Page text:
The cargo didn't arrive until this morning, and it was indeed huge, the size of a small house. Mal and I disembarked to get a better view of the operation and found ourselves standing next to the Project Engineer. As the cranes inched the equipment off the truck he turned to us, with obvious relief, and said, "Well that's the end of my responsibility." This opened a conversation. The equipment is destined for an off shore oil well in china.It will be used to remove sulfur compounds from the seawater pumped into the wells to maintain the well pressure. These sulfur compounds, if not removed,would emulsify the oil and clog the wells. We also learned that some of the components were manufactured by Victaulic in little old Pennsylvania!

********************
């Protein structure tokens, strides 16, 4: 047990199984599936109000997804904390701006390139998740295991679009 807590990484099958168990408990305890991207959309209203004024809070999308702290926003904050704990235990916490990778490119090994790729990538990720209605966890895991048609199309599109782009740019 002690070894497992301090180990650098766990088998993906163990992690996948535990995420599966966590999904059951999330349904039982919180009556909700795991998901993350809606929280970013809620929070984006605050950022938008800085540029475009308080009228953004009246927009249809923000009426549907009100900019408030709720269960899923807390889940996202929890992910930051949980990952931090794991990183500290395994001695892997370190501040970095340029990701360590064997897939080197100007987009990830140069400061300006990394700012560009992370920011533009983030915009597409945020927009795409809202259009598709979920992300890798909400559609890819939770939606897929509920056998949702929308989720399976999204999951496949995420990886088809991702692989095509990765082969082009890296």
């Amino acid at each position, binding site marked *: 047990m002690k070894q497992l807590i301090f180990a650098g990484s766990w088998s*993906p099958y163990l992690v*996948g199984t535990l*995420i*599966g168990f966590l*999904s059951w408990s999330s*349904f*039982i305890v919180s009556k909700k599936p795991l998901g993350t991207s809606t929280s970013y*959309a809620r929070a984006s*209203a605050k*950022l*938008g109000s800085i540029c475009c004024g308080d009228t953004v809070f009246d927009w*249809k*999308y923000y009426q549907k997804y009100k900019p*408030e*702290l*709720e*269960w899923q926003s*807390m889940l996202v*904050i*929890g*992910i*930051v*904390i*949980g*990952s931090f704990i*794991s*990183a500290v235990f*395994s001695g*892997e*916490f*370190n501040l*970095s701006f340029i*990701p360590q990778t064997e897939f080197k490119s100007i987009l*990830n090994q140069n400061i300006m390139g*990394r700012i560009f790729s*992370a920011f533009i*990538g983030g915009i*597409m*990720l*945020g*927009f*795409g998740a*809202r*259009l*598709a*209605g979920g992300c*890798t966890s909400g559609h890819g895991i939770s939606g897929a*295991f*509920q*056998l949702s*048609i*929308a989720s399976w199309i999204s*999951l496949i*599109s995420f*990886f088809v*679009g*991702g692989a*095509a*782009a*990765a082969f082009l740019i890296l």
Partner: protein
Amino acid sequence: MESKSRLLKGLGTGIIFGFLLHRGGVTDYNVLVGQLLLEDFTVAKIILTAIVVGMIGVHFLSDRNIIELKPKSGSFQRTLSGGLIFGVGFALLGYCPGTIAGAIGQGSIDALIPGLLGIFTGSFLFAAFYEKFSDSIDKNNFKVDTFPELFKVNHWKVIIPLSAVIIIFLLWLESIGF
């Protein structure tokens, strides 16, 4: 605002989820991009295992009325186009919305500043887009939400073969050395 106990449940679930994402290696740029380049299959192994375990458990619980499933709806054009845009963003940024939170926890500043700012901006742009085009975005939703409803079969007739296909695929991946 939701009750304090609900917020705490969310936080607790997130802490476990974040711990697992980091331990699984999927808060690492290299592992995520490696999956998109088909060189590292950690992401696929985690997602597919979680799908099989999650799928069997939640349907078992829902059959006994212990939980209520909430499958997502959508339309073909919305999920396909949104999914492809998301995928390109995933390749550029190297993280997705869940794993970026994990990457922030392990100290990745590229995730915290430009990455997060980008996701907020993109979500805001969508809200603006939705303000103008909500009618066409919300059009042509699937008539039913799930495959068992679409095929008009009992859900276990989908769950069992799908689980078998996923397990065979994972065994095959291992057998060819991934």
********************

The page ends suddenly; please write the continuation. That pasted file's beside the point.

The total cost of the equipment, $250 million.
A logistics company was hired to transport the equipment from the plant to our deck. It took two of our cranes, working in tandem, to lift the 360 ton structure and there was a little breath holding as it swung from truck to ship. The local media and yours truly, were present to cover this rather tricky transfer.